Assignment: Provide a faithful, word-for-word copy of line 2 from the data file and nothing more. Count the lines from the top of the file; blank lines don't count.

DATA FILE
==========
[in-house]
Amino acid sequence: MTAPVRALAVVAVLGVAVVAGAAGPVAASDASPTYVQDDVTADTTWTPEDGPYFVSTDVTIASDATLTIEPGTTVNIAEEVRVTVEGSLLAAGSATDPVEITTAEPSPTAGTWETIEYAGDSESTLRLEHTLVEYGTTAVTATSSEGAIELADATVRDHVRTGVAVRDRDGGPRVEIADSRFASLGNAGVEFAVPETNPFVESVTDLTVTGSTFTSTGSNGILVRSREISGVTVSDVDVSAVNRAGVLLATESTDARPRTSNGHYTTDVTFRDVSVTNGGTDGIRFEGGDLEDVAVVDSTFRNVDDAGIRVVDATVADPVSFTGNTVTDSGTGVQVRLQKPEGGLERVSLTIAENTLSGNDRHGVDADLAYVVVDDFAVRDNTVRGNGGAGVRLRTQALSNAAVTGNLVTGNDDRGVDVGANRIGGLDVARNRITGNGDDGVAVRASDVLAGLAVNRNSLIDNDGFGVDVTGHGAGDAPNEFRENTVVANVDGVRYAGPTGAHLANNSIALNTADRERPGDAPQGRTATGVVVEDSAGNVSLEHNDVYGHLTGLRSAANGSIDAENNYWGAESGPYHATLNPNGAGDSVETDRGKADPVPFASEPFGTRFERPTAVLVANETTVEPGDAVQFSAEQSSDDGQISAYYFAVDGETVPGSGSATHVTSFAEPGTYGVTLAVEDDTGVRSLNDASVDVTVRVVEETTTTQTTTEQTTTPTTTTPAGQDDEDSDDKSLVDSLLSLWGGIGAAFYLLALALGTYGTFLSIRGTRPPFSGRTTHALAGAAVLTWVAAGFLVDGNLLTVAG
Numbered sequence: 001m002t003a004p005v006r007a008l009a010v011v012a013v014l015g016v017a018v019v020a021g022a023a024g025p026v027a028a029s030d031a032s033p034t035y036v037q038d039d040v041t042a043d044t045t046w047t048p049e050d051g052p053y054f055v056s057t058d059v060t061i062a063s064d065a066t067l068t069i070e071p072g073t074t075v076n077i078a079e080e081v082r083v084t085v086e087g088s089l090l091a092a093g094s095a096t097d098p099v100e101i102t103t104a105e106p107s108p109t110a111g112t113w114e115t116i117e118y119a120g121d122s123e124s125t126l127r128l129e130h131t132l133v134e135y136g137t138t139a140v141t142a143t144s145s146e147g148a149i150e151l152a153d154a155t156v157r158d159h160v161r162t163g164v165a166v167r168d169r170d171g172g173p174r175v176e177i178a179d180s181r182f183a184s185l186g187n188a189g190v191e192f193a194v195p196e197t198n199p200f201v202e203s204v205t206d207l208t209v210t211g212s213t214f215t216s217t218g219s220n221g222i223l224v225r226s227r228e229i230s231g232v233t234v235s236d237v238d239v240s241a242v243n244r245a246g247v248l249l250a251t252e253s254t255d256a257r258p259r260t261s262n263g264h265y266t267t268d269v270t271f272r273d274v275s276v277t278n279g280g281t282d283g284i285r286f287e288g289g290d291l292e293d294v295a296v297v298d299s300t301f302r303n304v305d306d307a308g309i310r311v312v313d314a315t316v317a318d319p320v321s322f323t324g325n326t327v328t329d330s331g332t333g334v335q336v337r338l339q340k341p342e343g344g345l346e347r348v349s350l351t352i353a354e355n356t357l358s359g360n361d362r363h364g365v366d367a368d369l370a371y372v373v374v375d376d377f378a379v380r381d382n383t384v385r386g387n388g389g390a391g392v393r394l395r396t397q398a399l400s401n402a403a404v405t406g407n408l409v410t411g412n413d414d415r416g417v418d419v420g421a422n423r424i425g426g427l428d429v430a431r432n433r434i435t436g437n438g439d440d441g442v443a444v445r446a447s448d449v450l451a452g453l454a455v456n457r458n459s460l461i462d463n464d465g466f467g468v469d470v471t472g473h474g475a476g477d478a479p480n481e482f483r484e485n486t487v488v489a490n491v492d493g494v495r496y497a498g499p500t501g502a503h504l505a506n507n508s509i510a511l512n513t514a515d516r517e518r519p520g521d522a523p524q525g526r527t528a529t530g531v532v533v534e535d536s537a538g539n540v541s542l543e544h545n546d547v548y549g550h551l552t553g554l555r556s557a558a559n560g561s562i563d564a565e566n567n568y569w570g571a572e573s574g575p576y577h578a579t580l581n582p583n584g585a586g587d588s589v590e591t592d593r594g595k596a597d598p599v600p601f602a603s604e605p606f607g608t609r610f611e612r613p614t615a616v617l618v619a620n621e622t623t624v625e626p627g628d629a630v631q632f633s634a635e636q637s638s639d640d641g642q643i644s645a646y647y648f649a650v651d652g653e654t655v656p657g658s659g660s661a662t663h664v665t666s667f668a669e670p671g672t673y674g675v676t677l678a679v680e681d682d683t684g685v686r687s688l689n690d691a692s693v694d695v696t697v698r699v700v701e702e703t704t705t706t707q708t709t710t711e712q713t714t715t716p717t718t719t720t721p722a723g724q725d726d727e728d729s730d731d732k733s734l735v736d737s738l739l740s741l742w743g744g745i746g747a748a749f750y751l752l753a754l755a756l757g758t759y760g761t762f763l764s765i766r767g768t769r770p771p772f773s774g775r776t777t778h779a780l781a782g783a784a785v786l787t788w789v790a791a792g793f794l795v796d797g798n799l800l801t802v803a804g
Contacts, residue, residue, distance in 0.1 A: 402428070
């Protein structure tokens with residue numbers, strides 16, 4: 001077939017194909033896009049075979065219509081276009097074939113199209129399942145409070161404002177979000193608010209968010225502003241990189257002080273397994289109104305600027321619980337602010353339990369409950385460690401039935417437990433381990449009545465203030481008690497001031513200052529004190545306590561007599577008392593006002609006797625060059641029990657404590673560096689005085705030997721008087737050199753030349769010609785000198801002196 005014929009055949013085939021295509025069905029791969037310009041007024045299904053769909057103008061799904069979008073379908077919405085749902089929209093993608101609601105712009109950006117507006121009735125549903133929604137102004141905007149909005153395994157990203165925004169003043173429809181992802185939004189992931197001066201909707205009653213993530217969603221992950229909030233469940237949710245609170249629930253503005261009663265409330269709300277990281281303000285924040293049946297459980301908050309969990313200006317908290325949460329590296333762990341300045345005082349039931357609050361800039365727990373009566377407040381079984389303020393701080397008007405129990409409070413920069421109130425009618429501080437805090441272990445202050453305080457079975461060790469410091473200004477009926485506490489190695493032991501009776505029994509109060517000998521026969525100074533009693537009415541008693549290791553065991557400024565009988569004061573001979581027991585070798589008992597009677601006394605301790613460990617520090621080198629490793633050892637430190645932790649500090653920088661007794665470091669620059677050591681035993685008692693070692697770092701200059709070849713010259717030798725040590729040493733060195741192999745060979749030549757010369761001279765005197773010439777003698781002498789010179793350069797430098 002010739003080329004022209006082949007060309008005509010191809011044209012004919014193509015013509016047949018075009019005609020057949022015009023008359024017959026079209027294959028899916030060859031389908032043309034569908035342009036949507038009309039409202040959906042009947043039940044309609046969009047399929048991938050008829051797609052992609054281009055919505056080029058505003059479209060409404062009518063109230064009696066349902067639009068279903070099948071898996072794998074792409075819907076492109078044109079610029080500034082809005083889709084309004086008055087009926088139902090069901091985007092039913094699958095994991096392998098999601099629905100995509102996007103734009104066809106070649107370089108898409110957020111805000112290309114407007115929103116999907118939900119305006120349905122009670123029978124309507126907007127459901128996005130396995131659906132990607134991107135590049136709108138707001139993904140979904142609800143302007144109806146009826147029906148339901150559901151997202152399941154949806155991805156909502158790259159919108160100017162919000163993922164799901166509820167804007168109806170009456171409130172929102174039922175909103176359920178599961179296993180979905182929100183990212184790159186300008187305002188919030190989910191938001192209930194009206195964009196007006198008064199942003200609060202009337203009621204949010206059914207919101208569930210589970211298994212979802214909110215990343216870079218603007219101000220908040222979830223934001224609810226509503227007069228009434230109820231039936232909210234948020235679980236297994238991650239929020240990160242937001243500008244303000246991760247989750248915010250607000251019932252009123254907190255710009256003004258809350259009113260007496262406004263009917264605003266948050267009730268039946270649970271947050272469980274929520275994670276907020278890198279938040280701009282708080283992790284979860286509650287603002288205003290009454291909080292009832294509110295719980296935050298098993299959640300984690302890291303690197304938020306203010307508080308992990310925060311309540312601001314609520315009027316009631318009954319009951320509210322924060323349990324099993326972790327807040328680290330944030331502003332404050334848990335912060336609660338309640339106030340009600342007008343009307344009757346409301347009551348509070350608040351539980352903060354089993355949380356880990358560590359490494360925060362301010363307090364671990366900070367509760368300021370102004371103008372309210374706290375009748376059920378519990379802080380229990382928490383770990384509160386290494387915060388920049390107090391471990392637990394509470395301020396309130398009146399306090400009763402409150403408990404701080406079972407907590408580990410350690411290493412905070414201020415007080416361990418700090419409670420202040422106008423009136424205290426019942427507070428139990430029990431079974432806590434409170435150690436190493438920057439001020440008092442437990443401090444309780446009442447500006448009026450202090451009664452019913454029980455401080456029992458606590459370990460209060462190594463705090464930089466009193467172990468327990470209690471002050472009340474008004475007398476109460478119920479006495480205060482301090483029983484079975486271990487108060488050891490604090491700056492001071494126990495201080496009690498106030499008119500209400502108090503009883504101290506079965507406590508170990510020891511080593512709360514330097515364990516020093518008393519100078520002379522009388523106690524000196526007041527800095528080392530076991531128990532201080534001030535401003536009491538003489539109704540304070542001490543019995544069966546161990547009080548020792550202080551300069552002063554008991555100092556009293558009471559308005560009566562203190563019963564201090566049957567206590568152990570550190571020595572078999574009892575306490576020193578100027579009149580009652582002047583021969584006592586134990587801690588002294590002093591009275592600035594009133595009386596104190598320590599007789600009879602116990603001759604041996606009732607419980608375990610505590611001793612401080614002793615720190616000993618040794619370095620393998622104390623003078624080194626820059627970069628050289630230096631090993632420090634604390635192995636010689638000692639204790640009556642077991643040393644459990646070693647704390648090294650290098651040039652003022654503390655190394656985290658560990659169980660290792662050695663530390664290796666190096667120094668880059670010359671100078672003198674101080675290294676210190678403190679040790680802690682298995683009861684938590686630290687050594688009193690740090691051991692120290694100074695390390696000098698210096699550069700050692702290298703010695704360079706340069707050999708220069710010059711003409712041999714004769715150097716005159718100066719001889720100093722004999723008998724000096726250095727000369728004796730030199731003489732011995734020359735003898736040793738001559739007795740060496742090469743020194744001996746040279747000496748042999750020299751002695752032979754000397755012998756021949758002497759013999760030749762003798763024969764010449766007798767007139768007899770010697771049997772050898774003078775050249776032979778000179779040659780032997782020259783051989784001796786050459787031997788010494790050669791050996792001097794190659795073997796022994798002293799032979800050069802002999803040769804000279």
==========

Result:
Amino acid sequence: MTAPVRALAVVAVLGVAVVAGAAGPVAASDASPTYVQDDVTADTTWTPEDGPYFVSTDVTIASDATLTIEPGTTVNIAEEVRVTVEGSLLAAGSATDPVEITTAEPSPTAGTWETIEYAGDSESTLRLEHTLVEYGTTAVTATSSEGAIELADATVRDHVRTGVAVRDRDGGPRVEIADSRFASLGNAGVEFAVPETNPFVESVTDLTVTGSTFTSTGSNGILVRSREISGVTVSDVDVSAVNRAGVLLATESTDARPRTSNGHYTTDVTFRDVSVTNGGTDGIRFEGGDLEDVAVVDSTFRNVDDAGIRVVDATVADPVSFTGNTVTDSGTGVQVRLQKPEGGLERVSLTIAENTLSGNDRHGVDADLAYVVVDDFAVRDNTVRGNGGAGVRLRTQALSNAAVTGNLVTGNDDRGVDVGANRIGGLDVARNRITGNGDDGVAVRASDVLAGLAVNRNSLIDNDGFGVDVTGHGAGDAPNEFRENTVVANVDGVRYAGPTGAHLANNSIALNTADRERPGDAPQGRTATGVVVEDSAGNVSLEHNDVYGHLTGLRSAANGSIDAENNYWGAESGPYHATLNPNGAGDSVETDRGKADPVPFASEPFGTRFERPTAVLVANETTVEPGDAVQFSAEQSSDDGQISAYYFAVDGETVPGSGSATHVTSFAEPGTYGVTLAVEDDTGVRSLNDASVDVTVRVVEETTTTQTTTEQTTTPTTTTPAGQDDEDSDDKSLVDSLLSLWGGIGAAFYLLALALGTYGTFLSIRGTRPPFSGRTTHALAGAAVLTWVAAGFLVDGNLLTVAG